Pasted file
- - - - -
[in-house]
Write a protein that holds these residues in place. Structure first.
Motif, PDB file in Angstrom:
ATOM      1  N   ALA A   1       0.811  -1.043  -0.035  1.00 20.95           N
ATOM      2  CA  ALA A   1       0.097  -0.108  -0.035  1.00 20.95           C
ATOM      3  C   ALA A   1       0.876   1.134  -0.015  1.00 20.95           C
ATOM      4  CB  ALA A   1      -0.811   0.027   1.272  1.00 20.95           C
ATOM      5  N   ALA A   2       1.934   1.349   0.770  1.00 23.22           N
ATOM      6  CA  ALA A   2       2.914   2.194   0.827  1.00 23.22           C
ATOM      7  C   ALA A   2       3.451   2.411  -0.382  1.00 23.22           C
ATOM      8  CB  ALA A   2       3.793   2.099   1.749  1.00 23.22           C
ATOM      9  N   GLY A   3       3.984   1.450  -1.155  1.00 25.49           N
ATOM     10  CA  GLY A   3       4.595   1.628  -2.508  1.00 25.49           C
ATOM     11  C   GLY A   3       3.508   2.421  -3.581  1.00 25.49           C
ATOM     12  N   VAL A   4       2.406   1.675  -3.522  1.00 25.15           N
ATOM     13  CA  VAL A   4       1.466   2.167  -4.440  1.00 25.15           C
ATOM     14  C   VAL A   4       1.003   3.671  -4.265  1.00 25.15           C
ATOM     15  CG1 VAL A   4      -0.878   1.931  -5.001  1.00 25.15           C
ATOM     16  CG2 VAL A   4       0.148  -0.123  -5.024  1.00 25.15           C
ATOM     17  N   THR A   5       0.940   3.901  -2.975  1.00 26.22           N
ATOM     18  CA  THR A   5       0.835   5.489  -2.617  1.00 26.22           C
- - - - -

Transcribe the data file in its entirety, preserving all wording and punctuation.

[in-house]
Write a protein that holds these residues in place. Structure first.
Motif, PDB file in Angstrom:
ATOM      1  N   ALA A   1       0.811  -1.043  -0.035  1.00 20.95           N
ATOM      2  CA  ALA A   1       0.097  -0.108  -0.035  1.00 20.95           C
ATOM      3  C   ALA A   1       0.876   1.134  -0.015  1.00 20.95           C
ATOM      4  CB  ALA A   1      -0.811   0.027   1.272  1.00 20.95           C
ATOM      5  N   ALA A   2       1.934   1.349   0.770  1.00 23.22           N
ATOM      6  CA  ALA A   2       2.914   2.194   0.827  1.00 23.22           C
ATOM      7  C   ALA A   2       3.451   2.411  -0.382  1.00 23.22           C
ATOM      8  CB  ALA A   2       3.793   2.099   1.749  1.00 23.22           C
ATOM      9  N   GLY A   3       3.984   1.450  -1.155  1.00 25.49           N
ATOM     10  CA  GLY A   3       4.595   1.628  -2.508  1.00 25.49           C
ATOM     11  C   GLY A   3       3.508   2.421  -3.581  1.00 25.49           C
ATOM     12  N   VAL A   4       2.406   1.675  -3.522  1.00 25.15           N
ATOM     13  CA  VAL A   4       1.466   2.167  -4.440  1.00 25.15           C
ATOM     14  C   VAL A   4       1.003   3.671  -4.265  1.00 25.15           C
ATOM     15  CG1 VAL A   4      -0.878   1.931  -5.001  1.00 25.15           C
ATOM     16  CG2 VAL A   4       0.148  -0.123  -5.024  1.00 25.15           C
ATOM     17  N   THR A   5       0.940   3.901  -2.975  1.00 26.22           N
ATOM     18  CA  THR A   5       0.835   5.489  -2.617  1.00 26.22           C